Too Much Hand Holding
Part of the fun of Dungeons & Dragons is the freedom players have to choose what they want to do. As a new Dungeon Master it can be difficult to judge what is the right amount of direction, or hand holding for your players. We can fall into the trap of too much hand holding, so how can we avoid it? The reality is, you have a story and encounters that the players will have to go along with, that much is simple. But there is a lot of freedom within that. Maybe there are multiple outcomes to a particular conversation, maybe they can get the jump on a fight from some snooping they did earlier, or perhaps they can uncover a small side quest by doing some role playing. Your players know they have to go along with the story you’ve provided, but make sure you give them some freedom.
Look at your session or campaign as if it were a river. A river has a path that it takes, but it also has branches that shoot off in different directions creating streams or other rivers. Imagine your main story as the main path of the river and the freedom for your players as the offshoots. There is a main story and plot that they will need to follow along with, but there are plenty of small little secrets for them to discover or decisions for them to make. But don’t go too far and give your players…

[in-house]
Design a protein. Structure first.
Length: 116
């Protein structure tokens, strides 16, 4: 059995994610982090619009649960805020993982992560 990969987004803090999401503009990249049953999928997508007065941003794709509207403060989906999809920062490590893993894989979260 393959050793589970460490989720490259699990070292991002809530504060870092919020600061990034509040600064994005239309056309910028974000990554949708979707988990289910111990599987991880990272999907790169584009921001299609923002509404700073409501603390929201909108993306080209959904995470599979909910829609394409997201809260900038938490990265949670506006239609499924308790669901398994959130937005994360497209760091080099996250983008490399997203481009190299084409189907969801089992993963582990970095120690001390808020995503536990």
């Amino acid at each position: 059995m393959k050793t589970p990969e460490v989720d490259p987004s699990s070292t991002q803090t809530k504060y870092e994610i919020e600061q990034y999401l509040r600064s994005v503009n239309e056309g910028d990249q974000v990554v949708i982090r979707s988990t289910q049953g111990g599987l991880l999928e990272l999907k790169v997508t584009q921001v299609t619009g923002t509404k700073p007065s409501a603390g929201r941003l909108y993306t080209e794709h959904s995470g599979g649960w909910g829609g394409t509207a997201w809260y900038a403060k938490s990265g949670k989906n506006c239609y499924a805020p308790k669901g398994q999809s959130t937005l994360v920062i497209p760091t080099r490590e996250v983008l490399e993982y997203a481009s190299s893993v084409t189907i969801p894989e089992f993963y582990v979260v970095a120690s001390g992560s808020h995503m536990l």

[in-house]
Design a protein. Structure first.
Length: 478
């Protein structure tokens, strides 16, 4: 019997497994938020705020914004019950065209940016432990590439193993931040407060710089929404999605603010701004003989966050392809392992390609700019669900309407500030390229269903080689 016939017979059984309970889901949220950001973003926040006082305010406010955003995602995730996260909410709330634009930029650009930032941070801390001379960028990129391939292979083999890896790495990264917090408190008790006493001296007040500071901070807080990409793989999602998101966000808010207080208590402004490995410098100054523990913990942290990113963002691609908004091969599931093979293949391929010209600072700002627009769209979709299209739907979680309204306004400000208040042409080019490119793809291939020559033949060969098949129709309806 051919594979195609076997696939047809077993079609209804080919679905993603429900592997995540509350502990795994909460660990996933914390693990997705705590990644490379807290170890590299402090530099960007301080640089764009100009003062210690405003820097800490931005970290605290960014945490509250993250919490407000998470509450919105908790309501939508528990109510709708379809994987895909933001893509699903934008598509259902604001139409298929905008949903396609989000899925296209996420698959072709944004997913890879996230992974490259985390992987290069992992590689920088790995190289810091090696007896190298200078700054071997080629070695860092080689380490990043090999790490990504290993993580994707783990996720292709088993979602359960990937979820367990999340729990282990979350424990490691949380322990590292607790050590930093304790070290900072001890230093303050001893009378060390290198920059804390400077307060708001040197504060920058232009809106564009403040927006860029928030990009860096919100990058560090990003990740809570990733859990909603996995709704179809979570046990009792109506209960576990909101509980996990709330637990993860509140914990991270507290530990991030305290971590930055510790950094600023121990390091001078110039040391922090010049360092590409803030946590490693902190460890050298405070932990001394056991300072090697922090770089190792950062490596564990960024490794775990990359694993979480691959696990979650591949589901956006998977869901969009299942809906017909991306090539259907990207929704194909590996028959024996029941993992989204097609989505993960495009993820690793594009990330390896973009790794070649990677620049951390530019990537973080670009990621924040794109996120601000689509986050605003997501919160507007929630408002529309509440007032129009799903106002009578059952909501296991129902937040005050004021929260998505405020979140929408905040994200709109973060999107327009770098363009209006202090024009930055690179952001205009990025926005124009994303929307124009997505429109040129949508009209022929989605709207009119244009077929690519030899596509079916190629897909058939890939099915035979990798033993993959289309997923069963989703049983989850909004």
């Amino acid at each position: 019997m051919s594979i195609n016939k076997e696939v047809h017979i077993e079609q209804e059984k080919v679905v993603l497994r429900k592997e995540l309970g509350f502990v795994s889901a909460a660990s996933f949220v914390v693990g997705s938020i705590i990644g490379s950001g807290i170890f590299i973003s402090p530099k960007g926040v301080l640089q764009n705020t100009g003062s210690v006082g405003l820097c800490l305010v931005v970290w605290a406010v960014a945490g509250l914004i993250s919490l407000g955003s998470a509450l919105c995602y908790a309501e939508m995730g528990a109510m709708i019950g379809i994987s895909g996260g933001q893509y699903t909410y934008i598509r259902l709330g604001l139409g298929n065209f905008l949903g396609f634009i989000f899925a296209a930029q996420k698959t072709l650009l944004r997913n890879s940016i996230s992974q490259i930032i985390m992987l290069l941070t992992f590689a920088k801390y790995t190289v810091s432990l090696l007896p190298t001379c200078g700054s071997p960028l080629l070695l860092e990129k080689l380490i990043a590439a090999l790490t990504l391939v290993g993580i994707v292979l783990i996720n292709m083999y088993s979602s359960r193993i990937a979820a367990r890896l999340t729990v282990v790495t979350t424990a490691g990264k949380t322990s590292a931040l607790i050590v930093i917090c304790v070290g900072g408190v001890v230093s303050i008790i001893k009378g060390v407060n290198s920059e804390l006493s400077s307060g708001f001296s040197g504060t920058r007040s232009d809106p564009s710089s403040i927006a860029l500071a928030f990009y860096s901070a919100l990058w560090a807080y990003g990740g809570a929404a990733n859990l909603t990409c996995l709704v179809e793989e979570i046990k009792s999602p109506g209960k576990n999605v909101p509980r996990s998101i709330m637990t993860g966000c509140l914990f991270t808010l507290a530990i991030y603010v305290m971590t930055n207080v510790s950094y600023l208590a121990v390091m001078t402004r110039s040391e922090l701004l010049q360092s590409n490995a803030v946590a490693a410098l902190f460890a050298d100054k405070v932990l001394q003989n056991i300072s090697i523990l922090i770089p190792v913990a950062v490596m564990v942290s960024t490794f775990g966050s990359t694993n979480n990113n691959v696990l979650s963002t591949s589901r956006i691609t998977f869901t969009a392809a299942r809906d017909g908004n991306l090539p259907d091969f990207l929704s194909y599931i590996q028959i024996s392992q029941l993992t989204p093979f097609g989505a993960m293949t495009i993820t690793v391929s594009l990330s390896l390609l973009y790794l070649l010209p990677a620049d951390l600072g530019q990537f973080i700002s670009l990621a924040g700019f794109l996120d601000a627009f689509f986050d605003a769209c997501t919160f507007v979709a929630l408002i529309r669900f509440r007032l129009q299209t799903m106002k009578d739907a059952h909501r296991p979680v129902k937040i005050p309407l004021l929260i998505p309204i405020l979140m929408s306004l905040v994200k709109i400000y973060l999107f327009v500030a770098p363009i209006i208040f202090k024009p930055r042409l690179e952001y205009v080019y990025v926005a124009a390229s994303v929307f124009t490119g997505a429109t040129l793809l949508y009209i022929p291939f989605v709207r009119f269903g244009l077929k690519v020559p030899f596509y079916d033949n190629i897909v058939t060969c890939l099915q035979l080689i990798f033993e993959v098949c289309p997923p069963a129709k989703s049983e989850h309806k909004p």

Too Much Freedom
To much freedom in Dungeons & Dragons can be a problem. If you give your players the ability to do whatever they want, they will feel directionless. Not to mention “planning”, if thats what you want to call it, for a session that allows far to much freedom is simply a headache. I know because I’ve done it!
In one of my earlier sessions I decided to let the players decide what they were going to do. First of all planning for this session was…difficult to say the least. They were in a town and there were a few people they could talk to that started off a quest. They eventually found a quest in which they had to provide muscle for a caravan. Sounds good right? Well the problem was, I had a very vague idea of what would happen as they escorted the caravan. A lot of it was them walking while I scrambled to try and make stuff up. You may be wondering what I was thinking, honestly, I’m not sure.
Afraid To Punish The PCs